Friday, October 28, 2011
Wednesday, September 21, 2011
One morning, when Christine awakes and attempts to orient herself to her unfamiliar life, she discovers a journal she has been keeping. This journal chronicles discoveries she has made over the past few weeks about her history, the incident that caused her amnesia, and a terrifying list of the lies she is told anew each day.
I cannot help but compare this brilliant book to the classic thriller starring Audrey Hepburn , “Wait Until Dark.” The suspense creeps up on you, grips you by the throat, and drags you down a path you are sure cannot end well. The reader senses the danger and knows that the heroine is blind to what is lurking in the dark corners of her mind.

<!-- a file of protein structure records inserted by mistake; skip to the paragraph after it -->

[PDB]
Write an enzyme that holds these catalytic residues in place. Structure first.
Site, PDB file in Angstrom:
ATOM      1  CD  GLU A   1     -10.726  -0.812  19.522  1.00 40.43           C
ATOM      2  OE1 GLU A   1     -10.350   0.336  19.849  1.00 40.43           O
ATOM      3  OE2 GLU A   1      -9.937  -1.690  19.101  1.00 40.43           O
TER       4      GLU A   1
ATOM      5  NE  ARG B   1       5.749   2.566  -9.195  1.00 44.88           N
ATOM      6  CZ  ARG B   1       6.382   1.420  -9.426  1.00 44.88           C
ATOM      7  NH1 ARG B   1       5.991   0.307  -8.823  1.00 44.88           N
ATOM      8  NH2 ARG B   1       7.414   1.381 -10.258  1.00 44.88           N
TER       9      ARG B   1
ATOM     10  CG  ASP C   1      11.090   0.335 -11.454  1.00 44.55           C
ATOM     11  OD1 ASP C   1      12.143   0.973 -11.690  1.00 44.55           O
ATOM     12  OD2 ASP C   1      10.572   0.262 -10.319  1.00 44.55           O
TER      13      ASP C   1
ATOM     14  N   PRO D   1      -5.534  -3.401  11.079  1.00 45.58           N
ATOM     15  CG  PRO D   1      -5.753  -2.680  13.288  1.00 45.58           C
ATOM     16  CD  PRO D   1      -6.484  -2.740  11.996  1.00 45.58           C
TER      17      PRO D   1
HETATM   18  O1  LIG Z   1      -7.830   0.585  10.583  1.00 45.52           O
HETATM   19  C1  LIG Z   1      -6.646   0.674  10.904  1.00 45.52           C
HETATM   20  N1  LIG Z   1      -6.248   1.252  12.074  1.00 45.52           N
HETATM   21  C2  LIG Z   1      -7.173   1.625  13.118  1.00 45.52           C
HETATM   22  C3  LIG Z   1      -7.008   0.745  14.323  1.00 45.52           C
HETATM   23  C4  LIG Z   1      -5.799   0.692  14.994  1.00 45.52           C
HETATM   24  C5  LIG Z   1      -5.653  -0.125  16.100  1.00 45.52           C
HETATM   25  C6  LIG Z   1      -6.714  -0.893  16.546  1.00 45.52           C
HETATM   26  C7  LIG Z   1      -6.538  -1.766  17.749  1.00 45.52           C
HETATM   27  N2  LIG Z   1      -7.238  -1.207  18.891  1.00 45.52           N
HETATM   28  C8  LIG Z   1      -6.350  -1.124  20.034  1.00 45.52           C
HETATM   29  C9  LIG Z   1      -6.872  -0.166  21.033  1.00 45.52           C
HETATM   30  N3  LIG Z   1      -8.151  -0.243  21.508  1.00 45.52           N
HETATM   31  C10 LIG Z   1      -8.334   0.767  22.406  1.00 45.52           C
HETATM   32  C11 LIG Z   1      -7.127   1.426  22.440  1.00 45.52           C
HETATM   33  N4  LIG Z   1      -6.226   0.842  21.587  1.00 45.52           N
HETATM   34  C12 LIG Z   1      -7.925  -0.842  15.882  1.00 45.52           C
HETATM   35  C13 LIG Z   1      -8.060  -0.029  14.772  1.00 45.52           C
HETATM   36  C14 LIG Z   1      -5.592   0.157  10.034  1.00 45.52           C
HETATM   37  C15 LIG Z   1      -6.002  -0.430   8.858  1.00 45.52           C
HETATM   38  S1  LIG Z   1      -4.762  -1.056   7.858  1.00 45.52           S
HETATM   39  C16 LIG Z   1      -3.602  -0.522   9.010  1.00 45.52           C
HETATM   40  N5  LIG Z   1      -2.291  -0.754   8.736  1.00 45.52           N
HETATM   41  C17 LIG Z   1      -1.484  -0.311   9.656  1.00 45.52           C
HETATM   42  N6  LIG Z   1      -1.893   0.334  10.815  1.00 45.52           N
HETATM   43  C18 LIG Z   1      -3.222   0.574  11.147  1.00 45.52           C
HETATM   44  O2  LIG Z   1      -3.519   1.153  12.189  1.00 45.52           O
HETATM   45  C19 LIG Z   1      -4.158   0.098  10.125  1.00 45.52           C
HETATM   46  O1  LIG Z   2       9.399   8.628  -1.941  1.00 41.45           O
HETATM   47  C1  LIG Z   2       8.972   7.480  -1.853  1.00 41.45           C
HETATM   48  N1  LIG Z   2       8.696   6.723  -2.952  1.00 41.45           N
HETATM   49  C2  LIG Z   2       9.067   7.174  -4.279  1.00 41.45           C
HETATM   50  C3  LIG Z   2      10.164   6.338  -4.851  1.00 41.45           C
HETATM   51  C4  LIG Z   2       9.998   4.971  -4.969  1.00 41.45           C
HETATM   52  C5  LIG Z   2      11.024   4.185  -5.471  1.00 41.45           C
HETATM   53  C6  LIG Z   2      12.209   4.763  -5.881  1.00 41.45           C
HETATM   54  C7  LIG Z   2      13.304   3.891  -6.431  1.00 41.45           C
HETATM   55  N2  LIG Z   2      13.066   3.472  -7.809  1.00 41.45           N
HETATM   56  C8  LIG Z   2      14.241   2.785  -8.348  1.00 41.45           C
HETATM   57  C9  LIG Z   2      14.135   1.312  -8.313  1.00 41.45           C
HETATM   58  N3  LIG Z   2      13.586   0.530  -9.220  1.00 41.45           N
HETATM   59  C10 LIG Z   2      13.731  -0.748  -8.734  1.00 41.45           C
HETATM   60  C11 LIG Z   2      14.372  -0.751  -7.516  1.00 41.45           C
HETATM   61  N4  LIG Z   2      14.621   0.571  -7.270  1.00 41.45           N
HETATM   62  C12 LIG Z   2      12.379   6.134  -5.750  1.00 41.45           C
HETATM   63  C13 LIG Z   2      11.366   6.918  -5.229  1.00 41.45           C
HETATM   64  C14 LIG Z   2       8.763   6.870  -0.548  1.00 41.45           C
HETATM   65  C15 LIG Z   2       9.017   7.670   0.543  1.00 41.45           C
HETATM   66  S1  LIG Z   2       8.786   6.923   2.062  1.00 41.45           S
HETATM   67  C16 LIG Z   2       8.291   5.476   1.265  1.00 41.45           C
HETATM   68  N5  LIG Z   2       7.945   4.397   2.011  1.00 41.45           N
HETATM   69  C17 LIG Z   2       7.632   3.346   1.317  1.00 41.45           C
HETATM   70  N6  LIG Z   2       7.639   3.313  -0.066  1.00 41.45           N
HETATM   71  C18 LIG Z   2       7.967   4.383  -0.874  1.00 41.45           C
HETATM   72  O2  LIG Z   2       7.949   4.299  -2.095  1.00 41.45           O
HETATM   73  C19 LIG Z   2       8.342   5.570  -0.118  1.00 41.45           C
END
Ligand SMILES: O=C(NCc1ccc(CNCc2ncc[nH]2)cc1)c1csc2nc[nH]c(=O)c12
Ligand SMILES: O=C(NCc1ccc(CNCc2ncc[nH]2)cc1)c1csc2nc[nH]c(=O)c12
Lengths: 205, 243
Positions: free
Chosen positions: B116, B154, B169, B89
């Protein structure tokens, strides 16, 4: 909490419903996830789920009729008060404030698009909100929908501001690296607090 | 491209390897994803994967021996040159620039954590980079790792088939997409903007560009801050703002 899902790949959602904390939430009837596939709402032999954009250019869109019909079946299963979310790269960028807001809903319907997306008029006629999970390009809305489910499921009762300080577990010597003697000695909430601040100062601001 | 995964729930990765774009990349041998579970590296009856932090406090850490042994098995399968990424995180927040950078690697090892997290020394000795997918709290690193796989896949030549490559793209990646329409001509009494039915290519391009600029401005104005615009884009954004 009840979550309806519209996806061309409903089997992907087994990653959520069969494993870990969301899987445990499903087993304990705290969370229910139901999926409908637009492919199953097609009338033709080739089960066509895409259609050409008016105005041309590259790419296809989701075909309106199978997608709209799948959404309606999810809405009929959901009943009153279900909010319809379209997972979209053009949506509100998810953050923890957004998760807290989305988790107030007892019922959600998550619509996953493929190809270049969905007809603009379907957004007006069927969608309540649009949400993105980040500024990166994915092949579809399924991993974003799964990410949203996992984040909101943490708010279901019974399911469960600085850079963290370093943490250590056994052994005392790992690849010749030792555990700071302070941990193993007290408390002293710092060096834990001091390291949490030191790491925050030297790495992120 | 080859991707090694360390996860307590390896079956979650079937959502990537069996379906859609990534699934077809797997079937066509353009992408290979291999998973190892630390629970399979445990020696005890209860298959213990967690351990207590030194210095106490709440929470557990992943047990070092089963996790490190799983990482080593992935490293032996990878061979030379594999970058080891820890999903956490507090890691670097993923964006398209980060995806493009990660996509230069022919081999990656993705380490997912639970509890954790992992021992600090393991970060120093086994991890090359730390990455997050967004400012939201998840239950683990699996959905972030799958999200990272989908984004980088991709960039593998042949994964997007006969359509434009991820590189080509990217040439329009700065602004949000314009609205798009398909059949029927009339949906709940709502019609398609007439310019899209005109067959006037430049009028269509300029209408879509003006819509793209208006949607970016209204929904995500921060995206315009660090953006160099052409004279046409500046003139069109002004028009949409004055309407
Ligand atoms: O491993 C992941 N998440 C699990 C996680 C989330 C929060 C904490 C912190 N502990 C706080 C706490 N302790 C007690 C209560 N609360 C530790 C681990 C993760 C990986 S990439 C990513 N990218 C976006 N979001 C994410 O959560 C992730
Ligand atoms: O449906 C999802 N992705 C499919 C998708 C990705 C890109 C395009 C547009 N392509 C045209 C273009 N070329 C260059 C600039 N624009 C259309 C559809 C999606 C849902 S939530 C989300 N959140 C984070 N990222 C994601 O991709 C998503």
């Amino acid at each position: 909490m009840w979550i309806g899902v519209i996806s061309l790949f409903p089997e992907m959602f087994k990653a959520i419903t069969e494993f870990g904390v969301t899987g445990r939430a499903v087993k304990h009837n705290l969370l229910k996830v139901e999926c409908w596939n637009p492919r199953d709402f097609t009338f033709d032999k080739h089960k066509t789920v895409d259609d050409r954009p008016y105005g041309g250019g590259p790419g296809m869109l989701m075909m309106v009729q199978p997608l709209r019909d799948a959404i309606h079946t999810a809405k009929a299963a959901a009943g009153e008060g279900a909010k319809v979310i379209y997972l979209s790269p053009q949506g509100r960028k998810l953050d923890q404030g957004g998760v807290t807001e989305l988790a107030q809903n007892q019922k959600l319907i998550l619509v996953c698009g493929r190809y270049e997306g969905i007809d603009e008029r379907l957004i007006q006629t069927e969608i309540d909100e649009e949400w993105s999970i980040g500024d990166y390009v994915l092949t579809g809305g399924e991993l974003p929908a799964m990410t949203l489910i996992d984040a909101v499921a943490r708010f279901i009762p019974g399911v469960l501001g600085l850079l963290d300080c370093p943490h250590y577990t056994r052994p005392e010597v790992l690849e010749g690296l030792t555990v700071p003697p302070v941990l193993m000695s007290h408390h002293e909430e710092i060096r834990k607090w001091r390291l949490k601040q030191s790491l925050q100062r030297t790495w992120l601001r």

“Before I Go to Sleep” is a carefully crafted psychological thriller that is certain to linger in your mind long after that final page is turned.
By Jeff Abbott
Grand Central Pub., 2011. 400 pgs. Fiction
Sam Capra’s life is almost perfect. He has a beautiful wife he loves, a new baby on the way, and an exciting job with the CIA. However, in the blink of an eye everything is gone, his wife and child are missing, his coworkers are all dead, and the government he has served faithfully believes he has betrayed them. Desperate to rescue his family and restore his professional reputation, Sam is willing to do almost anything. And while he makes some shocking discoveries about people he has trusted in the past, his greatest shock may be the discovery of his own capacity for violence when the ones he loves are at risk.